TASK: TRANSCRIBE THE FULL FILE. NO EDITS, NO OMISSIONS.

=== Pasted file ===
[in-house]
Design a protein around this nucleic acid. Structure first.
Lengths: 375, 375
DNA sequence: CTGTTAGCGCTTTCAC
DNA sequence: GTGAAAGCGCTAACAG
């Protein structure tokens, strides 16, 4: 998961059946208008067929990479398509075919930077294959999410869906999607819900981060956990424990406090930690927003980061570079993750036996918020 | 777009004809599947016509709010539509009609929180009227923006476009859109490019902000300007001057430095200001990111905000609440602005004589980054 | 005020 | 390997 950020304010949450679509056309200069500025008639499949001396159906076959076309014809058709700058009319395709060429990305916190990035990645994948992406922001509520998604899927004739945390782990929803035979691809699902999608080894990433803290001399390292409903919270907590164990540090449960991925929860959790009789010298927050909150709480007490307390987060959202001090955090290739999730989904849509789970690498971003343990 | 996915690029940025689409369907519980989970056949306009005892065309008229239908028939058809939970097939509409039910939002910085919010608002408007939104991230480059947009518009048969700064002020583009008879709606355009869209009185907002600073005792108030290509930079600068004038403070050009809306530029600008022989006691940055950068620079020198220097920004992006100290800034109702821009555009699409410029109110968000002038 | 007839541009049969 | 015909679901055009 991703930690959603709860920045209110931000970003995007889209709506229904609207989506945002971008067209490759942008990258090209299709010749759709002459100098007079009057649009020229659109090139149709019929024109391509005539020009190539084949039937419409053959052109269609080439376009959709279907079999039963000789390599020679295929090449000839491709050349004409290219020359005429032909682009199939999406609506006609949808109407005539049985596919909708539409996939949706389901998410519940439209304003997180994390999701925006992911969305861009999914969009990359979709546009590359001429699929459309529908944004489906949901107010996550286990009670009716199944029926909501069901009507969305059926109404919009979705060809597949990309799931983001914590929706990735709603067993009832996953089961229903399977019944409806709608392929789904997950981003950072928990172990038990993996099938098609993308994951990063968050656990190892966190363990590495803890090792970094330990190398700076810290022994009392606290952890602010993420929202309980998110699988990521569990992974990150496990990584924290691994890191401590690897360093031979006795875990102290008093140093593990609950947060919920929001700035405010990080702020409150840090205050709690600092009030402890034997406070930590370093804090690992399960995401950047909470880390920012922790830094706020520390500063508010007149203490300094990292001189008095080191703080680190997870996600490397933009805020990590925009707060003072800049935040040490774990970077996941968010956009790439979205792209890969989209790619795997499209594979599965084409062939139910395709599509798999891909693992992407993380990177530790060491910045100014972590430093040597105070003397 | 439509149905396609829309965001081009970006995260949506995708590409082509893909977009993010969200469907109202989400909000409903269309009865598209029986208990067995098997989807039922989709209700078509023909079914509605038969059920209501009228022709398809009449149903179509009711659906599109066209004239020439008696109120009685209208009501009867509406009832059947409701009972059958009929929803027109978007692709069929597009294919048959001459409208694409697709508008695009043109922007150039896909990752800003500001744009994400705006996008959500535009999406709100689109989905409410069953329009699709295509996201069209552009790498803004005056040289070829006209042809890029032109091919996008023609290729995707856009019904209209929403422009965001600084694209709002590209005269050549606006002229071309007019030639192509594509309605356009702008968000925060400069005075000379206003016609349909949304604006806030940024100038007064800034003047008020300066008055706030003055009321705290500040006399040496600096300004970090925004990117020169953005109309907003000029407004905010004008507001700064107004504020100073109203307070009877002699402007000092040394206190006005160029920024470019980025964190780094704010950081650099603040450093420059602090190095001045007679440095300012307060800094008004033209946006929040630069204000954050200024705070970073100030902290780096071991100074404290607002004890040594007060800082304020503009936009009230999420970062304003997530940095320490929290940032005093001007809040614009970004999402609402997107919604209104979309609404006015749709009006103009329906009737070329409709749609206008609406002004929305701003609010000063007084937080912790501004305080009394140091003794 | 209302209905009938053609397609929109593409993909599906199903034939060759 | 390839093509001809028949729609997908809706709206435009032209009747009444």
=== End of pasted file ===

[in-house]
Design a protein around this nucleic acid. Structure first.
Lengths: 375, 375
DNA sequence: CTGTTAGCGCTTTCAC
DNA sequence: GTGAAAGCGCTAACAG
């Protein structure tokens, strides 16, 4: 998961059946208008067929990479398509075919930077294959999410869906999607819900981060956990424990406090930690927003980061570079993750036996918020 | 777009004809599947016509709010539509009609929180009227923006476009859109490019902000300007001057430095200001990111905000609440602005004589980054 | 005020 | 390997 950020304010949450679509056309200069500025008639499949001396159906076959076309014809058709700058009319395709060429990305916190990035990645994948992406922001509520998604899927004739945390782990929803035979691809699902999608080894990433803290001399390292409903919270907590164990540090449960991925929860959790009789010298927050909150709480007490307390987060959202001090955090290739999730989904849509789970690498971003343990 | 996915690029940025689409369907519980989970056949306009005892065309008229239908028939058809939970097939509409039910939002910085919010608002408007939104991230480059947009518009048969700064002020583009008879709606355009869209009185907002600073005792108030290509930079600068004038403070050009809306530029600008022989006691940055950068620079020198220097920004992006100290800034109702821009555009699409410029109110968000002038 | 007839541009049969 | 015909679901055009 991703930690959603709860920045209110931000970003995007889209709506229904609207989506945002971008067209490759942008990258090209299709010749759709002459100098007079009057649009020229659109090139149709019929024109391509005539020009190539084949039937419409053959052109269609080439376009959709279907079999039963000789390599020679295929090449000839491709050349004409290219020359005429032909682009199939999406609506006609949808109407005539049985596919909708539409996939949706389901998410519940439209304003997180994390999701925006992911969305861009999914969009990359979709546009590359001429699929459309529908944004489906949901107010996550286990009670009716199944029926909501069901009507969305059926109404919009979705060809597949990309799931983001914590929706990735709603067993009832996953089961229903399977019944409806709608392929789904997950981003950072928990172990038990993996099938098609993308994951990063968050656990190892966190363990590495803890090792970094330990190398700076810290022994009392606290952890602010993420929202309980998110699988990521569990992974990150496990990584924290691994890191401590690897360093031979006795875990102290008093140093593990609950947060919920929001700035405010990080702020409150840090205050709690600092009030402890034997406070930590370093804090690992399960995401950047909470880390920012922790830094706020520390500063508010007149203490300094990292001189008095080191703080680190997870996600490397933009805020990590925009707060003072800049935040040490774990970077996941968010956009790439979205792209890969989209790619795997499209594979599965084409062939139910395709599509798999891909693992992407993380990177530790060491910045100014972590430093040597105070003397 | 439509149905396609829309965001081009970006995260949506995708590409082509893909977009993010969200469907109202989400909000409903269309009865598209029986208990067995098997989807039922989709209700078509023909079914509605038969059920209501009228022709398809009449149903179509009711659906599109066209004239020439008696109120009685209208009501009867509406009832059947409701009972059958009929929803027109978007692709069929597009294919048959001459409208694409697709508008695009043109922007150039896909990752800003500001744009994400705006996008959500535009999406709100689109989905409410069953329009699709295509996201069209552009790498803004005056040289070829006209042809890029032109091919996008023609290729995707856009019904209209929403422009965001600084694209709002590209005269050549606006002229071309007019030639192509594509309605356009702008968000925060400069005075000379206003016609349909949304604006806030940024100038007064800034003047008020300066008055706030003055009321705290500040006399040496600096300004970090925004990117020169953005109309907003000029407004905010004008507001700064107004504020100073109203307070009877002699402007000092040394206190006005160029920024470019980025964190780094704010950081650099603040450093420059602090190095001045007679440095300012307060800094008004033209946006929040630069204000954050200024705070970073100030902290780096071991100074404290607002004890040594007060800082304020503009936009009230999420970062304003997530940095320490929290940032005093001007809040614009970004999402609402997107919604209104979309609404006015749709009006103009329906009737070329409709749609206008609406002004929305701003609010000063007084937080912790501004305080009394140091003794 | 209302209905009938053609397609929109593409993909599906199903034939060759 | 390839093509001809028949729609997908809706709206435009032209009747009444």